They might well be caught in a public relations trap of their own absurdity. They will be busting us for as close to nothing as can be imagined. The American public already believes the war on drugs is lost. 

Hey, we might be caught in a trap of steel bars, but we'll be the one's laughing and rejoicing. Warning: the feds bust people for selling unpasteurized milk. There is every reason to believe they will gladly arrest and imprison 100 people for something as dangerous as a marijuana look-alike plant. 

Anyway, I expect that filming the entire carefully controlled process, the mass arrests, and hopefully watching the judge throw the case out will give us a public relations edge. This is a PR project to clearly show the total absurdity of hemp prohibition. I expect that our small victory will leap-frog ahead the entire legalization movement.

When it's all said and done, we sell the land and get our money back, provided that the land wasn't seized in civil-asset forfeiture. 

Comment back if you like this idea. (I'm in San Diego). Lot's of details to work out. 

Post new comment

The content of this field is kept private and will not be shown publicly.
  • Web page addresses and e-mail addresses turn into links automatically.
  • Allowed HTML tags: <a> <em> <strong> <cite> <code> <ul> <ol> <li> <dl> <dt> <dd> <img> <i> <blockquote> <p> <address> <pre> <h1> <h2> <h3> <h4> <h5> <h6> <br> <object> <param> <embed> <b>

More information about formatting options

By submitting this form, you accept the Mollom privacy policy.

Drug War Issues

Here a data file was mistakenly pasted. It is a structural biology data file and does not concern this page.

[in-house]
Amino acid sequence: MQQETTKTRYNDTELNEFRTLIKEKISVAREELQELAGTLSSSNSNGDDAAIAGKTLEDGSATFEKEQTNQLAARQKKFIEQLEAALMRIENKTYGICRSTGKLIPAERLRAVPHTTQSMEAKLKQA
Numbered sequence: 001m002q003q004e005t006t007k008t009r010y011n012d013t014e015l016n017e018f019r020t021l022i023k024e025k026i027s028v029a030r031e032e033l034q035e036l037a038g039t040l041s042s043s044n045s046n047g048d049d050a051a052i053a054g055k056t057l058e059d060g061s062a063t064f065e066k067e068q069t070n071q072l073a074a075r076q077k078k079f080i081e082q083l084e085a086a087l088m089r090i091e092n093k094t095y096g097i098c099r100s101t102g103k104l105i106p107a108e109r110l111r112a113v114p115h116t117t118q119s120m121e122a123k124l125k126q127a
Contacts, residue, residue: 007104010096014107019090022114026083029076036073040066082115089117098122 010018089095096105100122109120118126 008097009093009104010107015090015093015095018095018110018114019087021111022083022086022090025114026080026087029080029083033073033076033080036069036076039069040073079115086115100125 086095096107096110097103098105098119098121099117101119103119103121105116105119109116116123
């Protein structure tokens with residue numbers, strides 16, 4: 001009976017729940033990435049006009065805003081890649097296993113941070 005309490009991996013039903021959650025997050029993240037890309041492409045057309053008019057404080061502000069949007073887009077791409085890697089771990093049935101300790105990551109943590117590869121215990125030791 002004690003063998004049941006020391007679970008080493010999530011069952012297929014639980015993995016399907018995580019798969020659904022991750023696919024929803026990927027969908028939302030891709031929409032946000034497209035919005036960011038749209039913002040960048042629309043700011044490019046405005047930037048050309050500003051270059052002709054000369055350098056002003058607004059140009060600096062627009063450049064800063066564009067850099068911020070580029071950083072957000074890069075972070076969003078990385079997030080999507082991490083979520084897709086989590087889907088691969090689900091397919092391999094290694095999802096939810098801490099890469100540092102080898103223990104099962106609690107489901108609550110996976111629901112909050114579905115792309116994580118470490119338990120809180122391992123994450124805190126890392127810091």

Criminal JusticeAsset Forfeiture, Collateral Sanctions (College Aid, Drug Taxes, Housing, Welfare), Court Rulings, Drug Courts, Due Process, Felony Disenfranchisement, Incarceration, Policing (2011 Drug War Killings, 2012 Drug War Killings, 2013 Drug War Killings, 2014 Drug War Killings, Arrests, Eradication, Informants, Interdiction, Lowest Priority Policies, Police Corruption, Police Raids, Profiling, Search and Seizure, SWAT/Paramilitarization, Task Forces, Undercover Work), Probation or Parole, Prosecution, Reentry/Rehabilitation, Sentencing (Alternatives to Incarceration, Clemency and Pardon, Crack/Powder Cocaine Disparity, Death Penalty, Decriminalization, Defelonization, Drug Free Zones, Mandatory Minimums, Rockefeller Drug Laws, Sentencing Guidelines)CultureArt, Celebrities, Counter-Culture, Music, Poetry/Literature, Television, TheaterDrug UseParaphernalia, ViolenceIntersecting IssuesCollateral Sanctions (College Aid, Drug Taxes, Housing, Welfare), Violence, Border, Budgets/Taxes/Economics, Business, Civil Rights, Driving, Economics, Education (College Aid), Employment, Environment, Families, Free Speech, Gun Policy, Human Rights, Immigration, Militarization, Money Laundering, Pregnancy, Privacy (Search and Seizure, Drug Testing), Race, Religion, Science, Sports, Women's IssuesMarijuana PolicyGateway Theory, Hemp, Marijuana -- Personal Use, Marijuana Industry, Medical MarijuanaMedicineMedical Marijuana, Science of Drugs, Under-treatment of PainPublic HealthAddiction, Addiction Treatment (Science of Drugs), Drug Education, Drug Prevention, Drug-Related AIDS/HIV or Hepatitis C, Harm Reduction (Methadone & Other Opiate Maintenance, Needle Exchange, Overdose Prevention, Safe Injection Sites)Source and Transit CountriesAndean Drug War, Coca, Hashish, Mexican Drug War, Opium ProductionSpecific DrugsAlcohol, Ayahuasca, Cocaine (Crack Cocaine), Ecstasy, Heroin, Ibogaine, ketamine, Khat, Marijuana (Gateway Theory, Marijuana -- Personal Use, Medical Marijuana, Hashish), Methamphetamine, New Synthetic Drugs (Synthetic Cannabinoids, Synthetic Stimulants), Nicotine, Prescription Opiates (Fentanyl, Oxycontin), Psychedelics (LSD, Mescaline, Peyote, Salvia Divinorum)YouthGrade School, Post-Secondary School, Raves, Secondary School